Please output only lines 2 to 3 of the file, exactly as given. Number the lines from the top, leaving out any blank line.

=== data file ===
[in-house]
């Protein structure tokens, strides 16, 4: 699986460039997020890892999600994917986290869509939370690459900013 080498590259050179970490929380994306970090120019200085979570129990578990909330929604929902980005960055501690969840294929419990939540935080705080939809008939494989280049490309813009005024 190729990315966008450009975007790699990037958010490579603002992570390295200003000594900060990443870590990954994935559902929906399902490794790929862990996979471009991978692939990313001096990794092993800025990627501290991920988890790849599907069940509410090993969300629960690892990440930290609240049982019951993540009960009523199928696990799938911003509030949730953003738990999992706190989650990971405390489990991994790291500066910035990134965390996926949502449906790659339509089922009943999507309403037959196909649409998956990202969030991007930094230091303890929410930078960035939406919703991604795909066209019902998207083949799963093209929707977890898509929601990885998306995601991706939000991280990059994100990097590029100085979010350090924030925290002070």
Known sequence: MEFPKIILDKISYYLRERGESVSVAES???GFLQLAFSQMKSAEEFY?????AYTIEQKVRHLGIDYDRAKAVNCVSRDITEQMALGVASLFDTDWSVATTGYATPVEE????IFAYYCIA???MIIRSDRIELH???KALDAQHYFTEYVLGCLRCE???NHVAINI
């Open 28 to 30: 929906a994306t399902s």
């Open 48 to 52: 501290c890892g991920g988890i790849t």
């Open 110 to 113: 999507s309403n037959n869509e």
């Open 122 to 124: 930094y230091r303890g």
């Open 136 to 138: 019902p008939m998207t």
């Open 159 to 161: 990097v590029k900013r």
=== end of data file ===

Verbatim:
């Protein structure tokens, strides 16, 4: 699986460039997020890892999600994917986290869509939370690459900013 080498590259050179970490929380994306970090120019200085979570129990578990909330929604929902980005960055501690969840294929419990939540935080705080939809008939494989280049490309813009005024 190729990315966008450009975007790699990037958010490579603002992570390295200003000594900060990443870590990954994935559902929906399902490794790929862990996979471009991978692939990313001096990794092993800025990627501290991920988890790849599907069940509410090993969300629960690892990440930290609240049982019951993540009960009523199928696990799938911003509030949730953003738990999992706190989650990971405390489990991994790291500066910035990134965390996926949502449906790659339509089922009943999507309403037959196909649409998956990202969030991007930094230091303890929410930078960035939406919703991604795909066209019902998207083949799963093209929707977890898509929601990885998306995601991706939000991280990059994100990097590029100085979010350090924030925290002070």
Known sequence: MEFPKIILDKISYYLRERGESVSVAES???GFLQLAFSQMKSAEEFY?????AYTIEQKVRHLGIDYDRAKAVNCVSRDITEQMALGVASLFDTDWSVATTGYATPVEE????IFAYYCIA???MIIRSDRIELH???KALDAQHYFTEYVLGCLRCE???NHVAINI